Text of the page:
Rick O, Staff

Canadian Stone Carving Festival

On July 21-23, thirty-five stone carvers gathered on Ottawa’s historic Sparks Street for the Canadian Stone Carving Festival. Each was given a large slab of limestone and 18 hours to make it into something.

During those 18 hours, I saw some amazing things.

I saw people bringing renewed life into an old art.

I saw community members giving up their time and skill for a cause.

I saw artists creating extraordinary works of art out of ordinary things.

But what was most noteworthy for me was to see the carving community interact. They are a special community who supports each other and bonds over a passion for carving. There way no competition or arrogance, just fellowship.

Together, $9650 dollars was raised in support of Ottawa Innercity Ministries.

We are so thankful for the amazing carvers who took part in this festival.

A special thank you to Smith & Barber Atelier for putting on this festival, for Dave Smith for acting as our guest auctioneer, and to all of the sponsors who made this possible.

 

THE ‘BOB’ SERIES: For Those Who Matter

homelessnes in Ottawa | street outreachWhile on street outreach, I met “Bob” (for the sake of anonymity, everyone I meet on the street will be named Bob in this series of posts).

Back to “Bob”: this is a man who has seen every province in our great country. This is a man who has been through many traumas, who will bring a tear to the most stout heart. This is a man who, when you pass him on the street, is so still and quiet that he looks like a mannequin. Yet Bob has a strength of survival that matches the strongest of souls. The wonderful ladies with me on outreach, when we met Bob, felt an unspoken need to stop, sit, and engage with him.

This is exactly what sparked him to life and he had a story to share.

Bob blessed us with a piece of his life and his story which touched our hearts. We, in turn, provided him with something just as important to him, such as a sandwich and a bottle of water to a man who hasn’t eaten for an extended period of time. We listened and showed him that someone cares and is genuinely interested in what he wants to say and that he matters in life.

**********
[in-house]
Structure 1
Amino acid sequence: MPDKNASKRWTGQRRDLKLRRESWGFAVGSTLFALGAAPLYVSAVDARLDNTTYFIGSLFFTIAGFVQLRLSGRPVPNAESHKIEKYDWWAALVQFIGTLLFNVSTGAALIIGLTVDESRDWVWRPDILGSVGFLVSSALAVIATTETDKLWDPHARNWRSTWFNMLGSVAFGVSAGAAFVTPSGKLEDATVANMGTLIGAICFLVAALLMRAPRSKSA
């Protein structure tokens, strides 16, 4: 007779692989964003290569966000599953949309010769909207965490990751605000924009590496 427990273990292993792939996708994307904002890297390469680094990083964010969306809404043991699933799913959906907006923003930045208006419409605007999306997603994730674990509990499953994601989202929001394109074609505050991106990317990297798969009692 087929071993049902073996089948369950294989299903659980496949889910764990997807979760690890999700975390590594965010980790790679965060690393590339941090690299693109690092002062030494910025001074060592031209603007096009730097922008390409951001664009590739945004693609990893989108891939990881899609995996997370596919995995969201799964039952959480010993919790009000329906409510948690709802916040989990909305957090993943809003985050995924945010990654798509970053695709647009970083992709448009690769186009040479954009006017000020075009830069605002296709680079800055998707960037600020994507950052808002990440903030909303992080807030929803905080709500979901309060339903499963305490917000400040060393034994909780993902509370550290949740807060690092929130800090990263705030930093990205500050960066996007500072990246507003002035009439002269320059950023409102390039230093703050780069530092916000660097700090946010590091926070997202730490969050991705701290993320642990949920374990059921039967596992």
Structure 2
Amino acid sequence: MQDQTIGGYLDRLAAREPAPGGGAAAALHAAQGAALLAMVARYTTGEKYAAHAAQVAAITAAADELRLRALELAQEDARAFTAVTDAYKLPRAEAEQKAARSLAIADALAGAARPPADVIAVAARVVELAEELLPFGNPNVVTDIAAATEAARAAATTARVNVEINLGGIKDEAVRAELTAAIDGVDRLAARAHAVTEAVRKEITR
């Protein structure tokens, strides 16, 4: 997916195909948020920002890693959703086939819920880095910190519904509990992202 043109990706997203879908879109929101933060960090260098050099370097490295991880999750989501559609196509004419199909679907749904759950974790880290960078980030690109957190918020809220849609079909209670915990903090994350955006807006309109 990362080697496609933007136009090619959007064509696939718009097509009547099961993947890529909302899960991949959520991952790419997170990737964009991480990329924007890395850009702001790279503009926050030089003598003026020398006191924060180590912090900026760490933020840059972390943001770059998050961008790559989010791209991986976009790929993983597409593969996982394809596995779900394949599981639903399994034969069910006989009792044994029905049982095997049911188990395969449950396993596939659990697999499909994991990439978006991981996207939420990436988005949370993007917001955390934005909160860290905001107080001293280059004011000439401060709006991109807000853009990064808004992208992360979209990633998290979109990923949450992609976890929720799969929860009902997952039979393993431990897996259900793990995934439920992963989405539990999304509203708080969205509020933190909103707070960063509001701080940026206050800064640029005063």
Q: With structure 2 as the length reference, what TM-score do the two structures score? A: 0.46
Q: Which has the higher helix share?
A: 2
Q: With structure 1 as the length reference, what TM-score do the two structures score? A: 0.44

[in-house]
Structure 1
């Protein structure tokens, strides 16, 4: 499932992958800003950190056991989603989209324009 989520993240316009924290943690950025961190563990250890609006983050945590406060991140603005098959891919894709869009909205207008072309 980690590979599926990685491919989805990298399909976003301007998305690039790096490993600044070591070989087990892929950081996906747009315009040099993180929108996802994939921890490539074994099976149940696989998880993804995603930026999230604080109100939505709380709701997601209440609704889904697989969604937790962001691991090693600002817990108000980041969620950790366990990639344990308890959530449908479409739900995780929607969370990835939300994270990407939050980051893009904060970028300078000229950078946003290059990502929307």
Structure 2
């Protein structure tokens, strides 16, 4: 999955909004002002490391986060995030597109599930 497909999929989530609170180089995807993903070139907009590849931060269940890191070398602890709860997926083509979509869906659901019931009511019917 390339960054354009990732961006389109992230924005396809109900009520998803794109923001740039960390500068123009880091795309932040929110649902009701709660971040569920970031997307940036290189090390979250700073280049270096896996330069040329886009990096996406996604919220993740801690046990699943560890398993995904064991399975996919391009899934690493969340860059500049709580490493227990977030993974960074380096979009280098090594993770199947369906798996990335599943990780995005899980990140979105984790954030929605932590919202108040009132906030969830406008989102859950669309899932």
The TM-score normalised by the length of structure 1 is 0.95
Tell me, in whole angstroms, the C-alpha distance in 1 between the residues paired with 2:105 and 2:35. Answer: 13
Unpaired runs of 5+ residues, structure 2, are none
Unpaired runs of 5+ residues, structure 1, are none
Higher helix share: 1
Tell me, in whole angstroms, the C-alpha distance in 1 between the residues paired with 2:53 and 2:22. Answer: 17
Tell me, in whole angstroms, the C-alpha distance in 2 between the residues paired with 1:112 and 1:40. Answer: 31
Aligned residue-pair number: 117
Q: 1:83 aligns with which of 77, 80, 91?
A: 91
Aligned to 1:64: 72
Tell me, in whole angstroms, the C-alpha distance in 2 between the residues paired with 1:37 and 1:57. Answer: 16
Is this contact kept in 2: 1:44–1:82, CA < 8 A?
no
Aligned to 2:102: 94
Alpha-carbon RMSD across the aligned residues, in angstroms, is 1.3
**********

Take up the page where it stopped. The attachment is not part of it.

I am so blessed to have met Bob and pray that God will intervene and overwhelm Bob with his love and resources which are limitless.

Rick O, Volunteer

Staff Perspectives: What Our Street Community Has Taught Me

Hi, my name is Gabriela. In March, I joined the OIM team as the new Administrative Assistant.

I’m originally from El Salvador and I moved to Canada last year. When you come from a country like mine (a beautiful country but with many problems, including widespread poverty and homelessness) it’s hard to think that a country like Canada still faces homelessness.

But, unfortunately, it does.

Before working with the street-engaged community through OIM, I didn’t give much thought to why someone ends up homeless. Even just walking downtown, where you see homelessness staring you in the face, you can become numb to the situation. You see it everyday. So, without even bothering to look at a homeless person, you simply walk by.

That’s why I am grateful to be working at OIM.

My time with this ministry has been an enriching experience in so many ways. My perception about homelessness has changed, I have learned so much from our street friends. I have learnt how empathy can change things even if it’s not always easy to imagine what it’s like to walk in another person’s shoes. At times, it’s just easier to judge or to assume that if someone is in that situation (homeless) it must be because of their life choices. But, it’s more than that. Much more.

And I’ve also learned about the strength of character that resides in each person who visits us at the office.

Every week our street friend ‘Rob’ comes to the Stop-In at our office. He is constantly struggling with mental health issues and feels overwhelmed and negative towards life. But what surprises me about him is that even in his toughest week he never forgets to ask me how I am doing and how my week is going.